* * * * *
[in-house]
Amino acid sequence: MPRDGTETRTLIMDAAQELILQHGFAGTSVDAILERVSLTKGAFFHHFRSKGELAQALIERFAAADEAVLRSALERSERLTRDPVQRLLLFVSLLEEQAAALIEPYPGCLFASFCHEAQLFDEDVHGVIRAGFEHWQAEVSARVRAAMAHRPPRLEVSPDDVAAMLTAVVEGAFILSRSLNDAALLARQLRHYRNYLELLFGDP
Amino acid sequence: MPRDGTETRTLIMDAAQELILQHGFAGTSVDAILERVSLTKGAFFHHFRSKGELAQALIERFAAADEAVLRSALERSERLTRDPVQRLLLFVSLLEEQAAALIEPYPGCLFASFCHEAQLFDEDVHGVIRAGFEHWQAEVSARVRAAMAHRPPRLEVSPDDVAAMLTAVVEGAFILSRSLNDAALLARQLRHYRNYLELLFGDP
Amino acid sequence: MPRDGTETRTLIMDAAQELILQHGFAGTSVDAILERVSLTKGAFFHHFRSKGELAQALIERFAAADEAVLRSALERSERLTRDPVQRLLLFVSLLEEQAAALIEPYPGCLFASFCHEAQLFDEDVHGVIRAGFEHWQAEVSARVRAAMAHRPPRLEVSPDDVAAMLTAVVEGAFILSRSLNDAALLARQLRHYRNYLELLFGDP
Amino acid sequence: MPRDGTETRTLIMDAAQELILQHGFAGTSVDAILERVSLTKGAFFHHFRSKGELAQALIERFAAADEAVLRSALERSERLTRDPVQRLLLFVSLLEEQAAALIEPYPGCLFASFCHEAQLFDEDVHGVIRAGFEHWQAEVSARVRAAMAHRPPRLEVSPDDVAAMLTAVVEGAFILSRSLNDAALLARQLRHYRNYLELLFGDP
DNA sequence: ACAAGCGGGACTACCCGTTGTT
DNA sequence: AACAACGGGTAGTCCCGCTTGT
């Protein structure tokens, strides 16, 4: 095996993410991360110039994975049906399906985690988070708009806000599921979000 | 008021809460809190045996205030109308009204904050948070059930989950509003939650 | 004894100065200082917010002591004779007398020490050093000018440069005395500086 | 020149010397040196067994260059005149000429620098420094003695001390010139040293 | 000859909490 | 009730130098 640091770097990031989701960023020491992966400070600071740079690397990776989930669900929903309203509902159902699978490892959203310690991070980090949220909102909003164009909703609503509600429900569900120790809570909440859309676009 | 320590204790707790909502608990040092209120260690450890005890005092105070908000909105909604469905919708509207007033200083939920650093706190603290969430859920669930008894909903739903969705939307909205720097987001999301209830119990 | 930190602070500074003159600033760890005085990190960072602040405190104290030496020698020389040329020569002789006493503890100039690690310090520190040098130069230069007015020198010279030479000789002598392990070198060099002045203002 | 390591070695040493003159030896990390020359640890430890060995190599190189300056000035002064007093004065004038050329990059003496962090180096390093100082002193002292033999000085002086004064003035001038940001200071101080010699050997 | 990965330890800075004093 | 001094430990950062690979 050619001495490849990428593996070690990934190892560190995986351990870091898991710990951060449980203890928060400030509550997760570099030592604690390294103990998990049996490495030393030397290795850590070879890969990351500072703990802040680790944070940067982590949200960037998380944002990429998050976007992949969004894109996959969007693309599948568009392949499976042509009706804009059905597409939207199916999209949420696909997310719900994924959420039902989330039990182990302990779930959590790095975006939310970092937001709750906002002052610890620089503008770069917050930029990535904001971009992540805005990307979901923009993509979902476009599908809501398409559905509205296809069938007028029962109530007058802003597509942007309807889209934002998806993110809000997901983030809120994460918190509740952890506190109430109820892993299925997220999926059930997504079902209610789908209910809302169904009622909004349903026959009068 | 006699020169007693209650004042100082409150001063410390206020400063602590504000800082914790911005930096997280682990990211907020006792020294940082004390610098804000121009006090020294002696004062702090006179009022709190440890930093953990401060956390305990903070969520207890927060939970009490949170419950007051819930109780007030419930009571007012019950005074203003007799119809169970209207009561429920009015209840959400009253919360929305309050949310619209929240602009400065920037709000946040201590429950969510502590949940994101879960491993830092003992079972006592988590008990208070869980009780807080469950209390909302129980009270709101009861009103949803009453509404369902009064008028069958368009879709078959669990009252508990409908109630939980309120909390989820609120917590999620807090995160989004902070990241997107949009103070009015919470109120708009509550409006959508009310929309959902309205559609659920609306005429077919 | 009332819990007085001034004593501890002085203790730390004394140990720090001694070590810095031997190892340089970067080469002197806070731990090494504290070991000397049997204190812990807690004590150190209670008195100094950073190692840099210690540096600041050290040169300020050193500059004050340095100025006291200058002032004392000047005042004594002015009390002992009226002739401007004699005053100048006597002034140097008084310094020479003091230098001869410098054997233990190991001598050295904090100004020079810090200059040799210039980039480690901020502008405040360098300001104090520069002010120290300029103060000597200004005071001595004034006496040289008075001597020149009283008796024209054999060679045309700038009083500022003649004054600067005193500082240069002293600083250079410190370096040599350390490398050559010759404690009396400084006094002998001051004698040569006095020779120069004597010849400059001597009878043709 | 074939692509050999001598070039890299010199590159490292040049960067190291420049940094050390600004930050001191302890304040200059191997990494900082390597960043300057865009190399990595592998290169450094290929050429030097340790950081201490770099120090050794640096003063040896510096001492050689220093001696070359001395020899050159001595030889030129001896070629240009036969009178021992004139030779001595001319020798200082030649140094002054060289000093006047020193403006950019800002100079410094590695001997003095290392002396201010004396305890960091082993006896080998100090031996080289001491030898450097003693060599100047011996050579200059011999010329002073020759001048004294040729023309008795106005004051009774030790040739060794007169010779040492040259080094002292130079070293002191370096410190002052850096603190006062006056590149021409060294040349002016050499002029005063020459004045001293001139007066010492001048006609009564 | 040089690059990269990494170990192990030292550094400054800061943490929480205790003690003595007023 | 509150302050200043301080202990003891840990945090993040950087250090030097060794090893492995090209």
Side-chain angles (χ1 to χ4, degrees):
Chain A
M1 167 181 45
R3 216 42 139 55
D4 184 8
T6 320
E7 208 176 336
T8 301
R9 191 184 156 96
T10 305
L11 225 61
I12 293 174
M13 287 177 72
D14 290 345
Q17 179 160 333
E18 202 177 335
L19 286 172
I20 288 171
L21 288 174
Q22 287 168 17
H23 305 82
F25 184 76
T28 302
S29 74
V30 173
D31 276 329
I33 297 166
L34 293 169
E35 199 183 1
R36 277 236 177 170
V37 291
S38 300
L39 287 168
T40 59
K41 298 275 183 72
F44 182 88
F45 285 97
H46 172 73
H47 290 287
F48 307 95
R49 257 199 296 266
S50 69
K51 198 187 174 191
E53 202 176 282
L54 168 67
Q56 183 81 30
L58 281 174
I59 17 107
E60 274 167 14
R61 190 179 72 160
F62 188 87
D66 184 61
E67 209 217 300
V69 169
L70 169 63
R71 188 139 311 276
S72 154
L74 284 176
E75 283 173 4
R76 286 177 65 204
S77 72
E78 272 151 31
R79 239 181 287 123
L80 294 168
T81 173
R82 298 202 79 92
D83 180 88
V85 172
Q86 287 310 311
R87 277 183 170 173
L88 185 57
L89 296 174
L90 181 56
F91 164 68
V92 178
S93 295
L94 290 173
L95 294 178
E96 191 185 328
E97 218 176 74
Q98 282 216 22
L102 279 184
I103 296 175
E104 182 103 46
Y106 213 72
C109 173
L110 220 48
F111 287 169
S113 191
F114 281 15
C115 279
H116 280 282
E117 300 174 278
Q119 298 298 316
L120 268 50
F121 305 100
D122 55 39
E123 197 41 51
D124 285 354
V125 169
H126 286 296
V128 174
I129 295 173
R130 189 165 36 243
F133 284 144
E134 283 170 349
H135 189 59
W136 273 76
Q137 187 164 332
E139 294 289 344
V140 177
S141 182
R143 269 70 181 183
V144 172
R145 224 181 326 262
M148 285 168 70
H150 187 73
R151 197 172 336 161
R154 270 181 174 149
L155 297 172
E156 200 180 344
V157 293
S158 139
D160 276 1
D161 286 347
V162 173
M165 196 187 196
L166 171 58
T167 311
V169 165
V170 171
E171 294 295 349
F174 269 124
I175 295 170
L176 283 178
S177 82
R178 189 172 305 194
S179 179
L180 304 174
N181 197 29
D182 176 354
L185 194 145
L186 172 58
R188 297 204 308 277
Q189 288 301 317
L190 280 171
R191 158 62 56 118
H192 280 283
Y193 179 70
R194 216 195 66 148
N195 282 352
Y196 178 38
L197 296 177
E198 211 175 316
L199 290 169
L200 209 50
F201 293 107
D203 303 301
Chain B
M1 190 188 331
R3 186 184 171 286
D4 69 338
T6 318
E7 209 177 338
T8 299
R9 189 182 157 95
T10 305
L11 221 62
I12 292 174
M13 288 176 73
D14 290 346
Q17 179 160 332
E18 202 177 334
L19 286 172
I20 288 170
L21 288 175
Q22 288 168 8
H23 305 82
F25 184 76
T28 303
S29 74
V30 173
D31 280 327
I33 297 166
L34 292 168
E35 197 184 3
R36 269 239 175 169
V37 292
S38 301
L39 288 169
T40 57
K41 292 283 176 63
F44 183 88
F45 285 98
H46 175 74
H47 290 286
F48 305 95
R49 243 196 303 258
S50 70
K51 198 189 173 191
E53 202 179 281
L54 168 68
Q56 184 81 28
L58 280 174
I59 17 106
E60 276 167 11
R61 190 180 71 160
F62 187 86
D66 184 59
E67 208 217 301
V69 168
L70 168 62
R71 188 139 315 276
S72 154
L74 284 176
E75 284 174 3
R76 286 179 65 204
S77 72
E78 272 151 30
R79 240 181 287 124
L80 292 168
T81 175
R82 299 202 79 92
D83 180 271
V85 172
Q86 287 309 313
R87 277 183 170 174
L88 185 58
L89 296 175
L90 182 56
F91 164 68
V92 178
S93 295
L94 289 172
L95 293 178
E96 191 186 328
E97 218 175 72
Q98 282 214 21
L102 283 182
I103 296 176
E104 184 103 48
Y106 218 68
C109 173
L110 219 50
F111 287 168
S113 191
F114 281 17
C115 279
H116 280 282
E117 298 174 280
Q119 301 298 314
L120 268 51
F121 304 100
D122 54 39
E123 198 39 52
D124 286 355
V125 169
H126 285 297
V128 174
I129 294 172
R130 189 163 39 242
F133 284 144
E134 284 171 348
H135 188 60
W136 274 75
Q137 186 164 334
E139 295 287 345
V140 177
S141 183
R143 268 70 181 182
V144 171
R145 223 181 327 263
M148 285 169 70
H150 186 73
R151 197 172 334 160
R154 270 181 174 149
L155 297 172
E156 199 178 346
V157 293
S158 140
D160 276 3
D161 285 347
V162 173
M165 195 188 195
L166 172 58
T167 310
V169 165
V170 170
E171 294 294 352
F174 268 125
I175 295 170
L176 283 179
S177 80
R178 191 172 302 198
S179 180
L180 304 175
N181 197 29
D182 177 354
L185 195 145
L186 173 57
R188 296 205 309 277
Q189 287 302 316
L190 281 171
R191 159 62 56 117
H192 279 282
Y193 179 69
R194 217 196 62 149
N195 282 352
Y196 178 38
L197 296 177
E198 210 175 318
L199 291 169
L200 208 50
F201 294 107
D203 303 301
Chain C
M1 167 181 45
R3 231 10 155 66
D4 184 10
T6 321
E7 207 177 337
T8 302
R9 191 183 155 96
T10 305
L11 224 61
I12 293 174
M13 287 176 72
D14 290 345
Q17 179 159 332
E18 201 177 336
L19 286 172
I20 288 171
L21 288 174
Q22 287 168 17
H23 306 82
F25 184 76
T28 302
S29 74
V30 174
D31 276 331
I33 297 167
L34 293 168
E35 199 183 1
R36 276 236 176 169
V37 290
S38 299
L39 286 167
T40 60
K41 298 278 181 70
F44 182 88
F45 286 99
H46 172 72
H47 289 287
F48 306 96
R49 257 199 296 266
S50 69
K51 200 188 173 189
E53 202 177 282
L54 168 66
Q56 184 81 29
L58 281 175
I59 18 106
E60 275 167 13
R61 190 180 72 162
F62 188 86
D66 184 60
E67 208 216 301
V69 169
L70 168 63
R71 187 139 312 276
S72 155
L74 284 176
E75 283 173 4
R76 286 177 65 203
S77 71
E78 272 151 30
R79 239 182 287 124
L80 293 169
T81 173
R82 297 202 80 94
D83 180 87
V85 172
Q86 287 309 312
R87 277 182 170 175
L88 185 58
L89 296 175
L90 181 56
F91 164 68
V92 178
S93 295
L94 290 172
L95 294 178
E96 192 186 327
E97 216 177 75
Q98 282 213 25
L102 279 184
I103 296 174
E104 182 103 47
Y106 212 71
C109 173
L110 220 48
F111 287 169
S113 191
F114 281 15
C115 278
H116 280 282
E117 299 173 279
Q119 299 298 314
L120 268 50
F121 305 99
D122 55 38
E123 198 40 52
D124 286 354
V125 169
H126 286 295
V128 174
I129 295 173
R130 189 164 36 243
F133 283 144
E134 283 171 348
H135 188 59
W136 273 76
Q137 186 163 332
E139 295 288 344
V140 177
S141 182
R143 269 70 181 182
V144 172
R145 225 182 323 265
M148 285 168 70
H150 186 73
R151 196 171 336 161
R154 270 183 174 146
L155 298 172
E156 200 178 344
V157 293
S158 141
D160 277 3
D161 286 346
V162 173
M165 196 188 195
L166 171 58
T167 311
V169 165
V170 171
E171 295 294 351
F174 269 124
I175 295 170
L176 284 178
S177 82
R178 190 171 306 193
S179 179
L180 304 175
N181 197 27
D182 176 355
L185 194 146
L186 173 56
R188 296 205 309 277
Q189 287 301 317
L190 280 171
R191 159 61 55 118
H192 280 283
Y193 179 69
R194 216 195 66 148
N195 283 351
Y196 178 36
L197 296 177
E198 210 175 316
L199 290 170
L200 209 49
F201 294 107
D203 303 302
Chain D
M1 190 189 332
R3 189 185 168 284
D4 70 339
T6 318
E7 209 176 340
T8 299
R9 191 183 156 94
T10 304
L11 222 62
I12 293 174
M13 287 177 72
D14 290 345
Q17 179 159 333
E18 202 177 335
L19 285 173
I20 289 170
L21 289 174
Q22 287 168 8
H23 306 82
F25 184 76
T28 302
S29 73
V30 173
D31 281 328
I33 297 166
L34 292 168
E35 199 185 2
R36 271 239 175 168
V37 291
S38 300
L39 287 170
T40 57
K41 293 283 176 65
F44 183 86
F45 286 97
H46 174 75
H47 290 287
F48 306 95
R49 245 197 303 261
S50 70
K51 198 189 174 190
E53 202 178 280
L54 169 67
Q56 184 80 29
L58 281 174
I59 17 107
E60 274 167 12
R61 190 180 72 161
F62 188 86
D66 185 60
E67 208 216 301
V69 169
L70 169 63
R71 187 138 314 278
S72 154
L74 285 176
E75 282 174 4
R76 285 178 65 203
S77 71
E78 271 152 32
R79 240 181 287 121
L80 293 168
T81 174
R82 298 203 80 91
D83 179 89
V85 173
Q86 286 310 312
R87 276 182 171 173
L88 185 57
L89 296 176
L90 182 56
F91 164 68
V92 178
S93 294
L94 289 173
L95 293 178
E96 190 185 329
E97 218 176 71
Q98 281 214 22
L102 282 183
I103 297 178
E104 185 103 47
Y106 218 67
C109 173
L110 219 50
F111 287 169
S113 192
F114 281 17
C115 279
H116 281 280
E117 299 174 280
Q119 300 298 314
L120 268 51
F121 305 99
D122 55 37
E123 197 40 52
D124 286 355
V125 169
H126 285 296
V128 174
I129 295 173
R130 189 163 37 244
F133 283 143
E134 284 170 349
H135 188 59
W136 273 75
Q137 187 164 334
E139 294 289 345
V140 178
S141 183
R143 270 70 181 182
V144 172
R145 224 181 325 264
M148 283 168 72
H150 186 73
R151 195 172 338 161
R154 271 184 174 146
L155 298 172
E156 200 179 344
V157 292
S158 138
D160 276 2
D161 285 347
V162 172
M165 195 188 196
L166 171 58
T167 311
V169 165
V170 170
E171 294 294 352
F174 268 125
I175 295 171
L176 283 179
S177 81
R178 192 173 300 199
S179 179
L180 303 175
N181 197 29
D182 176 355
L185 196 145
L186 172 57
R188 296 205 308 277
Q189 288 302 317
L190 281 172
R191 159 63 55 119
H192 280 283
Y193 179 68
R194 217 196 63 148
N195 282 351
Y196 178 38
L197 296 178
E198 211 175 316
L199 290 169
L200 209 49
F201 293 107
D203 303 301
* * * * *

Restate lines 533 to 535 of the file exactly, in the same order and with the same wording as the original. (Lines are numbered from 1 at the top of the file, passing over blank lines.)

V69 169
L70 169 63
R71 187 138 314 278